The New York Philharmonic and conductor Ted Sperling offer New Yorkers a rare opportunity to hear the ground-breaking, monumental 1927 musical by Jerome Kern and Oscar Hammerstein II, with the music in its original form.
The Philharmonic, which annually offers a concert version of a major Broadway musical each fall, has chosen well. Song hit after song hit — the score contains no less than seven standards — bursts out in full throttle renditions from a cast of 40. The orchestra, meanwhile, has been significantly tripled from the original of about 32 pieces to close to a hundred. Right from the beginning of the overture, this Show Boat musically soars; and the effect is nearly rapturous when Julian Ovenden and Lauren Worsham sing those golden ballads "Make Believe" and "You Are Love."
Ovenden, a well-known musical star on the West End but most familiar hereabouts for "Downton Abbey" (where he plays Charles Blake, Mary's suitor who was memorably involved in the pig-farm episode), does gloriously well as Gaylord Ravenal, the riverfront gambler-turned-leading man. Ovenden might be the finest Ravenal we've ever heard; the largest ovation at the opening night performance came — surprisingly — after his rafter-rattling, second act solo reprise of "You Are Love." Worsham, late of A Gentleman's Guide to Love and Murder, plays his opposite, Magnolia.
Also on hand are Vanessa Williams as Julie; Norm Lewis as Joe, who sings "Ol' Man River" again and again as the show spans 40 years; NaTasha Yvette Williams as Queenie, the cook on the Cotton Blossom; Fred Willard as Cap'n Andy; and Christopher Fitzgerald and Alli Mauzey as the song-and-dance team of Frank and Ellie. Standing out is Jane Alexander, who reveals an unexpected comedic flair as Cap'n Andy's stern wife, Parthy.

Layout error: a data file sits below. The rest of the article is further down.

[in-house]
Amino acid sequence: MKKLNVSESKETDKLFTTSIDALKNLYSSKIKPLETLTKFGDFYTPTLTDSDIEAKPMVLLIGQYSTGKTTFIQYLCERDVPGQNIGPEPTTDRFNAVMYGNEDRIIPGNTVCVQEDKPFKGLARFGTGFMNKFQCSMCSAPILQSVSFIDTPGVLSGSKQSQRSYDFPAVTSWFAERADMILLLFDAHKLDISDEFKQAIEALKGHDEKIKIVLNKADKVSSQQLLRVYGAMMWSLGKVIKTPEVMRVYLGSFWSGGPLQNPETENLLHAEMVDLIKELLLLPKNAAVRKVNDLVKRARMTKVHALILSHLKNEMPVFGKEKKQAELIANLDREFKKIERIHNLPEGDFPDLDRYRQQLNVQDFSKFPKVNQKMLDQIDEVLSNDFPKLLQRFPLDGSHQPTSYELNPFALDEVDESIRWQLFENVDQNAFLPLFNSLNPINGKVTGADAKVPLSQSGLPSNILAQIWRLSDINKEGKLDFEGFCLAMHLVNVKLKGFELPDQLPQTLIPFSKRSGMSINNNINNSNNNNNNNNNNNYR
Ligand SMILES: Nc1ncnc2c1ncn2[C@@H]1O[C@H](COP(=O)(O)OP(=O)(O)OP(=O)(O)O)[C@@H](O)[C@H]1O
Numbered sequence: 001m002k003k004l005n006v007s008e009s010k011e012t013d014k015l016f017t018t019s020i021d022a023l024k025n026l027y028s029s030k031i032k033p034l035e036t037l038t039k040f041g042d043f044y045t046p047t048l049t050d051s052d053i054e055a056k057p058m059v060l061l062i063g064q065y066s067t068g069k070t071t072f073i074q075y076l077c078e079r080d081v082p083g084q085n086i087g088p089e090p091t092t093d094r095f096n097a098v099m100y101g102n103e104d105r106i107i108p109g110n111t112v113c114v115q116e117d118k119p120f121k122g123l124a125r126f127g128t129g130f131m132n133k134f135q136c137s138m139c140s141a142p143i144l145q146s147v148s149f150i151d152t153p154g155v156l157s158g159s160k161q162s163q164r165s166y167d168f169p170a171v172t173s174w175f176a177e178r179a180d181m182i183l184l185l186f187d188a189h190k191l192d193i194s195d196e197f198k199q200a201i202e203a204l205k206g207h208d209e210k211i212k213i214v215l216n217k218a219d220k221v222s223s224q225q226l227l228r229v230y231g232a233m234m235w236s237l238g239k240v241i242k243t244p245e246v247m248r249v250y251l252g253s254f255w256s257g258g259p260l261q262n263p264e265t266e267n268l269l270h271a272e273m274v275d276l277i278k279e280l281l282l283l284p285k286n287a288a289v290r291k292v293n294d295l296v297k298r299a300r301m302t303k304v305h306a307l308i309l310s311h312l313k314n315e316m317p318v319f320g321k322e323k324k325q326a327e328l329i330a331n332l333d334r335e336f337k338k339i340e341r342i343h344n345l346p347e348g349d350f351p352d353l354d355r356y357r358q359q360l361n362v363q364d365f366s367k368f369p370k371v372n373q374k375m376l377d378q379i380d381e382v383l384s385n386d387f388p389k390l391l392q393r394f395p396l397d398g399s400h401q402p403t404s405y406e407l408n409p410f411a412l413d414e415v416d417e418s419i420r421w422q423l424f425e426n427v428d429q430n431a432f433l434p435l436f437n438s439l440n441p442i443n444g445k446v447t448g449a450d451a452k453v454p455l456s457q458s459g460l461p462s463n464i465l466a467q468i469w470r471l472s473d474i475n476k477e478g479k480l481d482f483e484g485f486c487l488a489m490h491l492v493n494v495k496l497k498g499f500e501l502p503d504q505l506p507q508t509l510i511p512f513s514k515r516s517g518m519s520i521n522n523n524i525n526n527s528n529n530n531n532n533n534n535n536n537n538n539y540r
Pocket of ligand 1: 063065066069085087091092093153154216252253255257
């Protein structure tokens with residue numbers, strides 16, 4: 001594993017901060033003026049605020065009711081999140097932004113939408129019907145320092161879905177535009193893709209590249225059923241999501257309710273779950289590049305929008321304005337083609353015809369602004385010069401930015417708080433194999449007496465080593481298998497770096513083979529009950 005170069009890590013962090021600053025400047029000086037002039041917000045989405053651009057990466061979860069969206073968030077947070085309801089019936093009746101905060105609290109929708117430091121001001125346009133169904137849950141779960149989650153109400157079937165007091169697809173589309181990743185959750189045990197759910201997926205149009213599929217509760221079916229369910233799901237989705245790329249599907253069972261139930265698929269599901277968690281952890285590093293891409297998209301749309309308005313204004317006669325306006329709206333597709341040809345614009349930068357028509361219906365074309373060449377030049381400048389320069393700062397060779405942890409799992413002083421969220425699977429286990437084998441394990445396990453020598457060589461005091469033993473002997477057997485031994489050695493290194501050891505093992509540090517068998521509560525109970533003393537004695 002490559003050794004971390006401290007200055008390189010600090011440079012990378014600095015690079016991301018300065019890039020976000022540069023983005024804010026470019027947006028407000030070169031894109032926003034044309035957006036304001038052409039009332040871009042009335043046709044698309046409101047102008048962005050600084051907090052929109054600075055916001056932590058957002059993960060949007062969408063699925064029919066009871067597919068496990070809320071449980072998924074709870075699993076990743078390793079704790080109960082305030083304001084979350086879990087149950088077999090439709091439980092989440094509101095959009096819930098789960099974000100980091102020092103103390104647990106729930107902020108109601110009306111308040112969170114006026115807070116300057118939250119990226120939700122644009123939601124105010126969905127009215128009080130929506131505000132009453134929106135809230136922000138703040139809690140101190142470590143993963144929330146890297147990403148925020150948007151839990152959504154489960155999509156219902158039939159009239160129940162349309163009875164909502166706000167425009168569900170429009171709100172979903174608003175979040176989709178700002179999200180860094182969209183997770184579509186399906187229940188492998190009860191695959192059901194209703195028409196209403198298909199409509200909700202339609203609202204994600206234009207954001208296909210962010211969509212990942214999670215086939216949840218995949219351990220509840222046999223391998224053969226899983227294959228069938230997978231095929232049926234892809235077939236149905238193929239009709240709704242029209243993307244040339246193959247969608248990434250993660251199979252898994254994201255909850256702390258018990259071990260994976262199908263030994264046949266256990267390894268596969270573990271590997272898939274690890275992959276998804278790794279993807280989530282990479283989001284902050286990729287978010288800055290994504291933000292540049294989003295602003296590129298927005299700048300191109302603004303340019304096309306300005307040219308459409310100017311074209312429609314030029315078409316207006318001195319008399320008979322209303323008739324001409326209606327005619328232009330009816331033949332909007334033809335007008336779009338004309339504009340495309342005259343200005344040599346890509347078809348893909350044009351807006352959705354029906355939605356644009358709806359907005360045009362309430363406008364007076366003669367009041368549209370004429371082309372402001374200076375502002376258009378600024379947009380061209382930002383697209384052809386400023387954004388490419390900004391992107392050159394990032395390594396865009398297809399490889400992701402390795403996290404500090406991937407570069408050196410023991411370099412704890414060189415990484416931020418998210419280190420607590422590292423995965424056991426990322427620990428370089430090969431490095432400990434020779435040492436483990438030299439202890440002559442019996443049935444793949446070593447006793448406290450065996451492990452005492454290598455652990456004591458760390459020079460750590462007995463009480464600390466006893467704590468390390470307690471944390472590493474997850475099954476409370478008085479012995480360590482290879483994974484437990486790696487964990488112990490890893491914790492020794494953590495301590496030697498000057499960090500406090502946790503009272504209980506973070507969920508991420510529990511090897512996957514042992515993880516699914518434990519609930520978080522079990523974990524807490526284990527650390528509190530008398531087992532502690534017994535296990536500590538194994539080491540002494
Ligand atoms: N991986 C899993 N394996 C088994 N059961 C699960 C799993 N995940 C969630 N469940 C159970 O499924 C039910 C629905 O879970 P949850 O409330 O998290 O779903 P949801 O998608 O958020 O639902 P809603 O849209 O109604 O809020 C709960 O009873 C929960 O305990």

Show Boat is one of those musicals that was constantly revised and reconfigured by the authors. Conductor/director Sperling (The Light in the Piazza) — who specializes in vintage musicals — has chosen to concentrate on the original 1927; he also retains the 1927 Robert Russell Bennett orchestrations, flavored with banjo and tuba. (Bennett reorchestrated the show for Broadway revivals in 1946 and 1966, but these are less vibrant.) This means that we get — in addition to the usual Show Boat songs — items like "Mis'ry's Comin' Round" and "It's Getting Hotter in the North" (both of which were cut on the road in 1927); the rarely-used "Till Good Luck Comes My Way," "I Might Fall Back on You," "Queenie's Ballyhoo" and the Midway Barker Sequence and "Ah Still Suits Me," which was written for the 1936 film. The added songs necessarily come at the expense of book scenes, especially in what here seems like a highly sketchy second act, but no matter. The Miscegenation Scene and the Convent Scene are retained, demonstrating the rapt effectiveness of Hammerstein's libretto.
The Philharmonic provides Sperling with an enormous double chorus of 26 (14 black singers and 12 white), which allows us to hear the choral numbers in full force. Choreographer Randy Skinner (42nd Street) includes a fair amount of dance in the limited space along the front of the orchestra. Tappers Kendrick Jones and Correy West are featured in two spots, highlighted by a high-stepping buck-and-wing during "Queenie's Ballyhoo."
Show Boat remains at Lincoln Center's Avery Fisher Hall for five performances through Nov. 8. For classic musical enthusiasts, this is a must-see that will leave you gloriously sated by the Kern-Hammerstein score.